Sunday, March 27, 2005
A question about Senate reform
Douglas Fisher raises the following point in his column today:
I now concede we are stuck with the Senate in perpetuity, largely because it is literally impossible, given our Constitution and the vast imbalance of our provinces (from Ontario to P.E.I.), to plot a successful process to either abolish the Senate or reform it into a second elected chamber.
This is in contrast to what Stephen Harper said recently in an interview with Don Newman on the CBC's Politics. To paraphrase, he said you at least begin the process of reforming the upper chamber by appointing members from provinces that elect them. Alberta would be first, of course. Other provinces would follow their lead.
Which raises something I have been speculating about and contradicts Fisher's view.
Wouldn't the appointment of elected senators eventually lead to some form of constitutional negotiations?
Follow me here.
The Prime Minister appoints some senators from Alberta. British Columbia decides to do the same. Let's throw in one more province. Say, New Brunswick.
All of a sudden, you have a number of senators who have a democratic mandate to take effective actions as part of their job. But you would also have a whole bunch of other senators, appointed, who would possess no such mandate. The power shifts to the elected senators. Then you would have all the provinces wanting to get in the game for the fear of being left out of the evolution of power in the Senate.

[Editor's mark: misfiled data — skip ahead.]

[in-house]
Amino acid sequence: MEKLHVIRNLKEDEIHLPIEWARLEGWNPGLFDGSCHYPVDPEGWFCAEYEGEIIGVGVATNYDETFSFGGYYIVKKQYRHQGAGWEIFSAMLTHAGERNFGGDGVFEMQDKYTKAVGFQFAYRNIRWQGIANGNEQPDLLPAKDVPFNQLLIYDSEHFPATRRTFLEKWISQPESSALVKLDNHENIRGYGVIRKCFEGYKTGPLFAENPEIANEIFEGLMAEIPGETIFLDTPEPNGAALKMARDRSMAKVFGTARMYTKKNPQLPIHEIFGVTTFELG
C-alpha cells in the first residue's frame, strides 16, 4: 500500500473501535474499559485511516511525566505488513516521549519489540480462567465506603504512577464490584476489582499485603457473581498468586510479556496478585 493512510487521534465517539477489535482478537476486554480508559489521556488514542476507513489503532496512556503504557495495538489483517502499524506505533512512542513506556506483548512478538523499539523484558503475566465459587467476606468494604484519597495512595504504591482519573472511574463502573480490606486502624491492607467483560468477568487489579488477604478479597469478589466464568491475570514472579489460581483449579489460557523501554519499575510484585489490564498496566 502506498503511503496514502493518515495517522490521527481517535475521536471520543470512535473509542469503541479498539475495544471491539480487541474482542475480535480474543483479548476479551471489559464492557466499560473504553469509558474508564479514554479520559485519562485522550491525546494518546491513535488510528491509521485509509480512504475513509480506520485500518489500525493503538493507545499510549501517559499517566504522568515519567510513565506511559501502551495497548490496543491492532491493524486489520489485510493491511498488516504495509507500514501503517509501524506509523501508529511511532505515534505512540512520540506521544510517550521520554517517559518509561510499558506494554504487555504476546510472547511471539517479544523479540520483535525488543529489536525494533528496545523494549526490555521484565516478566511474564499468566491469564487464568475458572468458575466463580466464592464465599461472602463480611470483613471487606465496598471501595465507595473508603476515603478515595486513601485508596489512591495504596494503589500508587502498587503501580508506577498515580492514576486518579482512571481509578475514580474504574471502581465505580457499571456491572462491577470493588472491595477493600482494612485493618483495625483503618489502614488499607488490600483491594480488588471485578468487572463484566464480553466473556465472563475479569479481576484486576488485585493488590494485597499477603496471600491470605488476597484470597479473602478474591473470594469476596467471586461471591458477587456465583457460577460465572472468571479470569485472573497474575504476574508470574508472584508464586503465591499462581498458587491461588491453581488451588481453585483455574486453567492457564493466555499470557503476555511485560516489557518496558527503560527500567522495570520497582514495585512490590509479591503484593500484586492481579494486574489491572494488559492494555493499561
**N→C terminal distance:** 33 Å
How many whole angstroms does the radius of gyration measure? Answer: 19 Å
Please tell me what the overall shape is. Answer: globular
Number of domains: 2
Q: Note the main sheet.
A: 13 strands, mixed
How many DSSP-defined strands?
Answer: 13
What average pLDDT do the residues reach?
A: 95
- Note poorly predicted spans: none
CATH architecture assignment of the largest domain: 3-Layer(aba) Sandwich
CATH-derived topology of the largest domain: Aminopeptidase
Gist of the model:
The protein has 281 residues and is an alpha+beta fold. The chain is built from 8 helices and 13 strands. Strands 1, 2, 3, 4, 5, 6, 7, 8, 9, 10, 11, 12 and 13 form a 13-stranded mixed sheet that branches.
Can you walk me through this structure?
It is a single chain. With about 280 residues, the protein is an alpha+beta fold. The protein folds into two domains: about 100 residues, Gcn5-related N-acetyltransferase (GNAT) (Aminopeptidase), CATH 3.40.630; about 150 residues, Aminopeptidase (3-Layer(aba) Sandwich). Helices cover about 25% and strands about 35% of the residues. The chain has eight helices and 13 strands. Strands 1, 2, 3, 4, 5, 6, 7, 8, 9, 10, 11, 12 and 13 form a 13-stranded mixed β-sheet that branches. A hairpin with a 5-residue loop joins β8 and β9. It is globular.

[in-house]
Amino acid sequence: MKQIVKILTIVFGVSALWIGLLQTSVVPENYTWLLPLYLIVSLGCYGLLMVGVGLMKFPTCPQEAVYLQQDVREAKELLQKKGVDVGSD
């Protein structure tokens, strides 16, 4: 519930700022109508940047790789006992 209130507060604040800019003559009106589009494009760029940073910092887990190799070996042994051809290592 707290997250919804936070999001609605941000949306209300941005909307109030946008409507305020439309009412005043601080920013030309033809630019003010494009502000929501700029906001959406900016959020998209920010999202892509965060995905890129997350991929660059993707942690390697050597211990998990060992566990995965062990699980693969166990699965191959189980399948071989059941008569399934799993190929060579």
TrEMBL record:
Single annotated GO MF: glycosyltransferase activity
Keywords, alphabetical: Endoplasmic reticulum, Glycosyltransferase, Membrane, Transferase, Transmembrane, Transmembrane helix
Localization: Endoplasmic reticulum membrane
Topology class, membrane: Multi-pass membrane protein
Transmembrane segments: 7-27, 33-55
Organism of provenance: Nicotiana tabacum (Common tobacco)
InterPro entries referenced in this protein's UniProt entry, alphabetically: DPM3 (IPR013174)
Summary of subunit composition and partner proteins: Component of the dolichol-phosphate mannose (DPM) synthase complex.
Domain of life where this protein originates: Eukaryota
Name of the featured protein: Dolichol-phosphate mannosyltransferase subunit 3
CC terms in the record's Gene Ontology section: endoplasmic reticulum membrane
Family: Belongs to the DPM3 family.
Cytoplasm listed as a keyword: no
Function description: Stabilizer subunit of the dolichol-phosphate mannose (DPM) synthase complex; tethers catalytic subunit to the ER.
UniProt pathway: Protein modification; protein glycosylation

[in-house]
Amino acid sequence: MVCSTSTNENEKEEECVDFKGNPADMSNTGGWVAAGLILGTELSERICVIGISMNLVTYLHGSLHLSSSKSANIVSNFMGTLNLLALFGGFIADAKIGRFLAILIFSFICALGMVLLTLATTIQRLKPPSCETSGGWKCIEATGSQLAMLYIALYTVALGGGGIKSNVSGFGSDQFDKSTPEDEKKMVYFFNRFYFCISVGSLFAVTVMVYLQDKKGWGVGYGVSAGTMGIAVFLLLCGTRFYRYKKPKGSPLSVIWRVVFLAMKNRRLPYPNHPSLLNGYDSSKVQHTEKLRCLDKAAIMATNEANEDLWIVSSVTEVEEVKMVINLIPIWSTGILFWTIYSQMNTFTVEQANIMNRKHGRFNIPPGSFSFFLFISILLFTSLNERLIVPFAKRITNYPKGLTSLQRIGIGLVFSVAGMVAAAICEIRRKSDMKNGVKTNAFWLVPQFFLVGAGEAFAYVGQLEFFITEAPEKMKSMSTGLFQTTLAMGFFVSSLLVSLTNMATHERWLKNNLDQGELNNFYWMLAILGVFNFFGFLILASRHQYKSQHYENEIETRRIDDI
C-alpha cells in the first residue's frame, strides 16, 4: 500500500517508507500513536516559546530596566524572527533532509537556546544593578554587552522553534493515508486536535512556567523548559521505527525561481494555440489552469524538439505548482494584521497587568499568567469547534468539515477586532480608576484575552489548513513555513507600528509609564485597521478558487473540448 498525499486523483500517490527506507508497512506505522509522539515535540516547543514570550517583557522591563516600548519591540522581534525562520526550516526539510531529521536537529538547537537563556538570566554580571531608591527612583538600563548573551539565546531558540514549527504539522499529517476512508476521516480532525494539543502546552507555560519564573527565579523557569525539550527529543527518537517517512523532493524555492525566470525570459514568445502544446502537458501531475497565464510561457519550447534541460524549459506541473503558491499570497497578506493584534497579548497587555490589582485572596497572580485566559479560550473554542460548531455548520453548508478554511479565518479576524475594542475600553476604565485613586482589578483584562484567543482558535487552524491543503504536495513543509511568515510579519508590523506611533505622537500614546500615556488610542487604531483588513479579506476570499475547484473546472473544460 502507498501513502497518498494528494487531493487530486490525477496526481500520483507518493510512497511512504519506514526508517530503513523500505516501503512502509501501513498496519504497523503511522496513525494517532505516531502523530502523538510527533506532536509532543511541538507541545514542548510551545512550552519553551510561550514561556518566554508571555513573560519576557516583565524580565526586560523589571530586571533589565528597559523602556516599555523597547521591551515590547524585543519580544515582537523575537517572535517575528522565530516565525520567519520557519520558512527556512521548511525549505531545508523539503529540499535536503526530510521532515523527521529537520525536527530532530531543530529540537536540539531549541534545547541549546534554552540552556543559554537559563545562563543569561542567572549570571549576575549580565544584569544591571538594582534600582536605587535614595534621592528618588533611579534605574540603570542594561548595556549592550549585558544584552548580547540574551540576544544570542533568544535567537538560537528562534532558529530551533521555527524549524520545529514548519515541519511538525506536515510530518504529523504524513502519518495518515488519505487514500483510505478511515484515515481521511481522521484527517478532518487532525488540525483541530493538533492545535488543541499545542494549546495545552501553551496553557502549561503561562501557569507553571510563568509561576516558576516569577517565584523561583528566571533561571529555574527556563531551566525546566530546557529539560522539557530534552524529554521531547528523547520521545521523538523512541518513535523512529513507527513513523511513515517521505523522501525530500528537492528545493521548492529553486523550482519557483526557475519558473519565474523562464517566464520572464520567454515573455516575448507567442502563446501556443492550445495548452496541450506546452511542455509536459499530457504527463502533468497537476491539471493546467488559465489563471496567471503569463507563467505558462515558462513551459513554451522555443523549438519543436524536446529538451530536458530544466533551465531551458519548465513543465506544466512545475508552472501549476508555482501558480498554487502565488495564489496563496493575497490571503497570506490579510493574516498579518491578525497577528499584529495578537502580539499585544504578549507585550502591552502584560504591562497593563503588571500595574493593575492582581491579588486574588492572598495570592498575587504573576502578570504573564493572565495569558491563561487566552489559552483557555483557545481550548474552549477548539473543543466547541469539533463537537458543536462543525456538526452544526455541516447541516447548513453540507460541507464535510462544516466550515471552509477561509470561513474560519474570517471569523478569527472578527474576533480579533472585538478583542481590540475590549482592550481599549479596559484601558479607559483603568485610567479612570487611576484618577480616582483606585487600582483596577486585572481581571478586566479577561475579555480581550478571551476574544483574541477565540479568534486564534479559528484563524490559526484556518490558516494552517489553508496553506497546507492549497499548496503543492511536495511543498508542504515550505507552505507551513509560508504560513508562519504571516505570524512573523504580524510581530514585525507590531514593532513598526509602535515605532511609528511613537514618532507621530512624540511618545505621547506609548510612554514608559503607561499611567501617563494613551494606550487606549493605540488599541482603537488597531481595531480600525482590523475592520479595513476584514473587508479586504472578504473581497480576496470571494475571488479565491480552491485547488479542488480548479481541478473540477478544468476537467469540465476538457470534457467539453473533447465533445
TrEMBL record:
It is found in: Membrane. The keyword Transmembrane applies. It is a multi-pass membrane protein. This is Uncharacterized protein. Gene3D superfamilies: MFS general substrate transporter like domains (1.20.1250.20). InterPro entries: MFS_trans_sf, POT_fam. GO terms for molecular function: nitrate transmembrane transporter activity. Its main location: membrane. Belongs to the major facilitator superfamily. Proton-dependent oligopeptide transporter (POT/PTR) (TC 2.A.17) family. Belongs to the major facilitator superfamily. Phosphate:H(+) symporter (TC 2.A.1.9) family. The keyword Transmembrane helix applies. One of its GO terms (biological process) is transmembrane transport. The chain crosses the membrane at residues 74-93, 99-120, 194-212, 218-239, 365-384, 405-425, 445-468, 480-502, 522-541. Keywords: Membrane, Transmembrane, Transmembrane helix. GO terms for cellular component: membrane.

Which raises the next problem: regional representation. Specifically, the Atlantic provinces have claims to a greater number of seats than the western provinces.
So, if you have elected senators appointed to the Senate, without the accompanying regional balance needed for full democratic legitimacy, almost by necessity negotiations would have to start about how such legitimacy could be achieved.
Yes, it would be messy. Yes, it's hard to see how we get to that point. But wouldn't the appointment of elected senators at least get us to where serious negotiations would have to start in order to accommodate the reality of the democratization already in effect? In other words, necessity is the mother of invention, isn't it? Or, at least in this case, a changing reality could be the mother of some long overdue reforms to the way we govern ourselves in Canada. Appointing senators could be that changing reality.
Where have I gone wrong here?and you can keep reading here....